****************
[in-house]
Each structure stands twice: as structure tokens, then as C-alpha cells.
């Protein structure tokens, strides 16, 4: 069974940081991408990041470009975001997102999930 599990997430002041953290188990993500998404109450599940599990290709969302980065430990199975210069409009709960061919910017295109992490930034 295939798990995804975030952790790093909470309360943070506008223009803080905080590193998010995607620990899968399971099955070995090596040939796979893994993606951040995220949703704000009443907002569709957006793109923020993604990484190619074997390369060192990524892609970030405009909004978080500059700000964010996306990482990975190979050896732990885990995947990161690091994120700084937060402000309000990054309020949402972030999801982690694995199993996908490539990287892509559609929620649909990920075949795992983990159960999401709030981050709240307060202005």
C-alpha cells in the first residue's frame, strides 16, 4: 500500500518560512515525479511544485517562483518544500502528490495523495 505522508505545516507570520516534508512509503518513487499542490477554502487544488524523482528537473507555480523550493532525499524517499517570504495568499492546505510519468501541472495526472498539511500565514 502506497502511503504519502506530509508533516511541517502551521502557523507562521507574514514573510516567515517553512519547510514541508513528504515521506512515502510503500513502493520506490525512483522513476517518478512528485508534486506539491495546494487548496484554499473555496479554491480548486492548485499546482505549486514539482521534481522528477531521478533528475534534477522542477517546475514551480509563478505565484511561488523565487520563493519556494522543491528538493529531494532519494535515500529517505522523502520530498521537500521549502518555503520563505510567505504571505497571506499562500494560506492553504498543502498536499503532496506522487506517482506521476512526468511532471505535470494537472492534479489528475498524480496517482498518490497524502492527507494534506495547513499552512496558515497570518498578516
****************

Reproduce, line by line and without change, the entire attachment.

[in-house]
Each structure stands twice: as structure tokens, then as C-alpha cells.
């Protein structure tokens, strides 16, 4: 069974940081991408990041470009975001997102999930 599990997430002041953290188990993500998404109450599940599990290709969302980065430990199975210069409009709960061919910017295109992490930034 295939798990995804975030952790790093909470309360943070506008223009803080905080590193998010995607620990899968399971099955070995090596040939796979893994993606951040995220949703704000009443907002569709957006793109923020993604990484190619074997390369060192990524892609970030405009909004978080500059700000964010996306990482990975190979050896732990885990995947990161690091994120700084937060402000309000990054309020949402972030999801982690694995199993996908490539990287892509559609929620649909990920075949795992983990159960999401709030981050709240307060202005």
C-alpha cells in the first residue's frame, strides 16, 4: 500500500518560512515525479511544485517562483518544500502528490495523495 505522508505545516507570520516534508512509503518513487499542490477554502487544488524523482528537473507555480523550493532525499524517499517570504495568499492546505510519468501541472495526472498539511500565514 502506497502511503504519502506530509508533516511541517502551521502557523507562521507574514514573510516567515517553512519547510514541508513528504515521506512515502510503500513502493520506490525512483522513476517518478512528485508534486506539491495546494487548496484554499473555496479554491480548486492548485499546482505549486514539482521534481522528477531521478533528475534534477522542477517546475514551480509563478505565484511561488523565487520563493519556494522543491528538493529531494532519494535515500529517505522523502520530498521537500521549502518555503520563505510567505504571505497571506499562500494560506492553504498543502498536499503532496506522487506517482506521476512526468511532471505535470494537472492534479489528475498524480496517482498518490497524502492527507494534506495547513499552512496558515497570518498578516